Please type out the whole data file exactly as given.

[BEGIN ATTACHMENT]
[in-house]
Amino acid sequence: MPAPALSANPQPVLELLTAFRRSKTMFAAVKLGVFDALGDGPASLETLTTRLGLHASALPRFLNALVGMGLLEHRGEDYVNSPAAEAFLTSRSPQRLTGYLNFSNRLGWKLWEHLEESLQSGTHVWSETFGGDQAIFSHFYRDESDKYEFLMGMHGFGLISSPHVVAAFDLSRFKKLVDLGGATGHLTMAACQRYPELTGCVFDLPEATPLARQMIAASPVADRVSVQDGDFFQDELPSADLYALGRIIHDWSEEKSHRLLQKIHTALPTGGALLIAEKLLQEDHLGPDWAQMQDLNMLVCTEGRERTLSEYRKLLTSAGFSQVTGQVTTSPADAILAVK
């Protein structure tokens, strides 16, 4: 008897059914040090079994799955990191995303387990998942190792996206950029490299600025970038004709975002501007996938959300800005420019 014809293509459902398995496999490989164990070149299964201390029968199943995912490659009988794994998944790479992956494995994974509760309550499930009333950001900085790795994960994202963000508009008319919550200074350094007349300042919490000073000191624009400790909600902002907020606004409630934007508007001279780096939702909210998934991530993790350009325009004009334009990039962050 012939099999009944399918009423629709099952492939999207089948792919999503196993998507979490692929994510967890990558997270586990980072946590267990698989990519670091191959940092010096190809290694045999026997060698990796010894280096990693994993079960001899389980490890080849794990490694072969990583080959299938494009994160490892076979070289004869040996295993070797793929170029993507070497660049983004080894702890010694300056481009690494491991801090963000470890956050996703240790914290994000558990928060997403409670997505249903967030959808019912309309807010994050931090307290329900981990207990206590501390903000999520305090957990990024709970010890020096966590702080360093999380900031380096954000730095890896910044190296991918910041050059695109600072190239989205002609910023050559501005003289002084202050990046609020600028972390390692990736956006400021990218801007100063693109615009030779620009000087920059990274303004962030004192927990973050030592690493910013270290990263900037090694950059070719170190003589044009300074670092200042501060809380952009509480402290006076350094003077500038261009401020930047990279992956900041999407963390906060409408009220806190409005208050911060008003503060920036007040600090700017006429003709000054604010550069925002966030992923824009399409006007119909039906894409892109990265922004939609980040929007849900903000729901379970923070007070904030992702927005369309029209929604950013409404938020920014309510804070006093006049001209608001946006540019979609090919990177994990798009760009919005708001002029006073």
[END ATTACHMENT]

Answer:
[in-house]
Amino acid sequence: MPAPALSANPQPVLELLTAFRRSKTMFAAVKLGVFDALGDGPASLETLTTRLGLHASALPRFLNALVGMGLLEHRGEDYVNSPAAEAFLTSRSPQRLTGYLNFSNRLGWKLWEHLEESLQSGTHVWSETFGGDQAIFSHFYRDESDKYEFLMGMHGFGLISSPHVVAAFDLSRFKKLVDLGGATGHLTMAACQRYPELTGCVFDLPEATPLARQMIAASPVADRVSVQDGDFFQDELPSADLYALGRIIHDWSEEKSHRLLQKIHTALPTGGALLIAEKLLQEDHLGPDWAQMQDLNMLVCTEGRERTLSEYRKLLTSAGFSQVTGQVTTSPADAILAVK
């Protein structure tokens, strides 16, 4: 008897059914040090079994799955990191995303387990998942190792996206950029490299600025970038004709975002501007996938959300800005420019 014809293509459902398995496999490989164990070149299964201390029968199943995912490659009988794994998944790479992956494995994974509760309550499930009333950001900085790795994960994202963000508009008319919550200074350094007349300042919490000073000191624009400790909600902002907020606004409630934007508007001279780096939702909210998934991530993790350009325009004009334009990039962050 012939099999009944399918009423629709099952492939999207089948792919999503196993998507979490692929994510967890990558997270586990980072946590267990698989990519670091191959940092010096190809290694045999026997060698990796010894280096990693994993079960001899389980490890080849794990490694072969990583080959299938494009994160490892076979070289004869040996295993070797793929170029993507070497660049983004080894702890010694300056481009690494491991801090963000470890956050996703240790914290994000558990928060997403409670997505249903967030959808019912309309807010994050931090307290329900981990207990206590501390903000999520305090957990990024709970010890020096966590702080360093999380900031380096954000730095890896910044190296991918910041050059695109600072190239989205002609910023050559501005003289002084202050990046609020600028972390390692990736956006400021990218801007100063693109615009030779620009000087920059990274303004962030004192927990973050030592690493910013270290990263900037090694950059070719170190003589044009300074670092200042501060809380952009509480402290006076350094003077500038261009401020930047990279992956900041999407963390906060409408009220806190409005208050911060008003503060920036007040600090700017006429003709000054604010550069925002966030992923824009399409006007119909039906894409892109990265922004939609980040929007849900903000729901379970923070007070904030992702927005369309029209929604950013409404938020920014309510804070006093006049001209608001946006540019979609090919990177994990798009760009919005708001002029006073």